Accordingly, “training” seems less formal and more about exposure to the world at large. This is also much easier to do than in America, because leash laws—even in a city as large as London—are much more relaxed here than in the States. Dogs only wear leashes occasionally and thus they have to conduct themselves appropriately in public beyond the limits of a leash.
All of this exposure and leash-less-ness creates dogs who are, on the whole, relaxed and well-adjusted.
Obviously, not every dog in Europe is well-adjusted. (I saw a miniature schnauzer try to bite the head off a baby Maltese in the street, but this was mainly because the schnauzer was straining at a leash and his owner was shouting, “BE NICE! BE NICE!” which was definitely ineffective and only escalated the situation.) But overall: Such polite dogs.
All of this compounded off-leash time in giant parks has created a culture of European dogs who
have excellent recall;
don’t have reactive outbursts to other dogs or people, in general;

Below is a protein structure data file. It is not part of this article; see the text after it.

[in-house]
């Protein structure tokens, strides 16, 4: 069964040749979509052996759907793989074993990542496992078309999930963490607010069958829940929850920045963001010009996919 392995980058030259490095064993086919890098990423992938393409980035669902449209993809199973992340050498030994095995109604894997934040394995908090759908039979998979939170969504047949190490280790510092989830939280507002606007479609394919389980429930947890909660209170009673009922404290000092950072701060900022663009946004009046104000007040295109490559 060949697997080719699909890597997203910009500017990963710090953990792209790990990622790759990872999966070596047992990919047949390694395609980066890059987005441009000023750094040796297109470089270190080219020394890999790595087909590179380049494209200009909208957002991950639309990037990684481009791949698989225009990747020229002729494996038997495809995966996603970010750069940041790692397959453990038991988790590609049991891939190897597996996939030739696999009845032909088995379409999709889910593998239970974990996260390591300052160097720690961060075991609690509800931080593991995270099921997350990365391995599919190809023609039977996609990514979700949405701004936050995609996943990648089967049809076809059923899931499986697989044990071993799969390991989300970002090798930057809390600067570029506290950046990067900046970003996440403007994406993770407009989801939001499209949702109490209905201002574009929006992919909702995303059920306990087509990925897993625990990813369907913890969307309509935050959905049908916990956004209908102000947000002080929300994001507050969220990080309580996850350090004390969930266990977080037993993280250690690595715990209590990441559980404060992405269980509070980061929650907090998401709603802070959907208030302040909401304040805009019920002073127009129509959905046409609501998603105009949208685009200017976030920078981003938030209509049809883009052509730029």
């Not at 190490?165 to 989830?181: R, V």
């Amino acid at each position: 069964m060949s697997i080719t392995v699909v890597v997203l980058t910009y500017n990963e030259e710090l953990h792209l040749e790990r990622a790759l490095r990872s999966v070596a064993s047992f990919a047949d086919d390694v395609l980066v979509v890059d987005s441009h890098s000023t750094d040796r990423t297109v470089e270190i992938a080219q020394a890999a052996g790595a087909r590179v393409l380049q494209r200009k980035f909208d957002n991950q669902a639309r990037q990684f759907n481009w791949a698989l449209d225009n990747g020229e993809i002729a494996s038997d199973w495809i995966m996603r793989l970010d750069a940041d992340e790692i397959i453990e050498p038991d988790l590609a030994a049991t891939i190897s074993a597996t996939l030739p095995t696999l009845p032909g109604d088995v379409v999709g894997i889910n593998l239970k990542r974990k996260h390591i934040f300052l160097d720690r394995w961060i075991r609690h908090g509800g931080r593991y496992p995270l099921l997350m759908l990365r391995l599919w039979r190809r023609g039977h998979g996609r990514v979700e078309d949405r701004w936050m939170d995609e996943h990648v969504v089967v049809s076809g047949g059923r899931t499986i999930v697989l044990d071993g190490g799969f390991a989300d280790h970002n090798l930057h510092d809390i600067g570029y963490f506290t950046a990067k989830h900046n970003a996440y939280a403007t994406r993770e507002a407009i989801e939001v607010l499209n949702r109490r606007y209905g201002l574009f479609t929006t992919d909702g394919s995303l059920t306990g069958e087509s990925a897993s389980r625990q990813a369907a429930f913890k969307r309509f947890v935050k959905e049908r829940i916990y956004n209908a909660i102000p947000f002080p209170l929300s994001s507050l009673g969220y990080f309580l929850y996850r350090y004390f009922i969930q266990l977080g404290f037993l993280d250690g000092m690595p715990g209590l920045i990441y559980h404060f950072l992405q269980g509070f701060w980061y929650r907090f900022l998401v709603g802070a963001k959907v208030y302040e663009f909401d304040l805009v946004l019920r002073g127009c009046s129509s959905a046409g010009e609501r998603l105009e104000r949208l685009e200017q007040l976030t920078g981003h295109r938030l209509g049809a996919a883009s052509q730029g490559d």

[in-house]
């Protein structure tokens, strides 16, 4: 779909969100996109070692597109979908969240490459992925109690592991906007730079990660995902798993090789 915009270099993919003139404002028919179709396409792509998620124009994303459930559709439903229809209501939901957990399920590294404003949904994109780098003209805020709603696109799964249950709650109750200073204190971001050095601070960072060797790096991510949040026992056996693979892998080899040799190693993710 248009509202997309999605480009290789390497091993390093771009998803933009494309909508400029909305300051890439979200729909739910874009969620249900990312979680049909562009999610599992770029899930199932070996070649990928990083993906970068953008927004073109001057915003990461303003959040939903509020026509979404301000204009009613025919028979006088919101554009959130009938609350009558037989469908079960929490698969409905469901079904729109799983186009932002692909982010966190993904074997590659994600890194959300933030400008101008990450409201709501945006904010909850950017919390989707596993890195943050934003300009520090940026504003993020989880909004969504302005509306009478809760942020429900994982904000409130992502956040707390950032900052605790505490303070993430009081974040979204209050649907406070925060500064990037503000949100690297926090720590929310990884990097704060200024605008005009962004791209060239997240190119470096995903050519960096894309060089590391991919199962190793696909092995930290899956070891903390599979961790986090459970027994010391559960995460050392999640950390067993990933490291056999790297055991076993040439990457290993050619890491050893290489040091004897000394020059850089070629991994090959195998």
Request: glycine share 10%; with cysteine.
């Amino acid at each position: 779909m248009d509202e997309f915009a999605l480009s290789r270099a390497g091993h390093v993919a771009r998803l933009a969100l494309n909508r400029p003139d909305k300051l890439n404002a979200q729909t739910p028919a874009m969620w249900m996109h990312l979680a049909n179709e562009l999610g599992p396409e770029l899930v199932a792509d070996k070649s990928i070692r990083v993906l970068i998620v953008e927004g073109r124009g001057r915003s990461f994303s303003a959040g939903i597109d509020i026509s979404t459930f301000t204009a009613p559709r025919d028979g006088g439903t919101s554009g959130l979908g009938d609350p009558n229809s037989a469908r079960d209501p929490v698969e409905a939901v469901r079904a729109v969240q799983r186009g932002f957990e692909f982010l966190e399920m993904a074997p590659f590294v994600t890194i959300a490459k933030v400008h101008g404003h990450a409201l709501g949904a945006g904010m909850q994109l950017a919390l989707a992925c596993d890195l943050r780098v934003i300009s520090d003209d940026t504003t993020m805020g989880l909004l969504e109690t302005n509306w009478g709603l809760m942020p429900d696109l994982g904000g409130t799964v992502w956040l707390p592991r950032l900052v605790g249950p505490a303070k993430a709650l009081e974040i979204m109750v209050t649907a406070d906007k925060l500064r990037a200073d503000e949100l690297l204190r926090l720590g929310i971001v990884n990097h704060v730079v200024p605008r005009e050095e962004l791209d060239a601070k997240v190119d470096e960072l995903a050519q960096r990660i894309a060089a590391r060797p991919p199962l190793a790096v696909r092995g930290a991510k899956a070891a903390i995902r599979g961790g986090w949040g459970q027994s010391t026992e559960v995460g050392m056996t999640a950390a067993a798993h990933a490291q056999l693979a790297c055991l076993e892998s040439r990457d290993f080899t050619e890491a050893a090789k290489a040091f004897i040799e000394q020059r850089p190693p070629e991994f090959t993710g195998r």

seem calm and self-controlled in almost every public circumstance.
This is the trifecta of good behavior that I feel like the majority of US dog owners I know (myself included) just dream of for their dogs.
And so who is to blame for maladjusted dogs acting up in public? Obviously, we humans are. These are the conclusions I’ve drawn:
For all of my reading, I am a sadly lazy trainer, and I have unwittingly allowed my dogs to practice reactive behavior.
I have bad leash-handling skills. And having two reactive German shepherds has proven to be a large stumbling block for my ability to train myself.
Leashes are very helpful and an essential safety component of the 21st-century dog’s life, but I daresay we misuse them more often than we know. I know I am at fault here and that my poor leash-handling skills are often to blame for my dogs’ reactive outbursts. I transfer a lot of tension to the lines when I see another dog, because I also get anxious.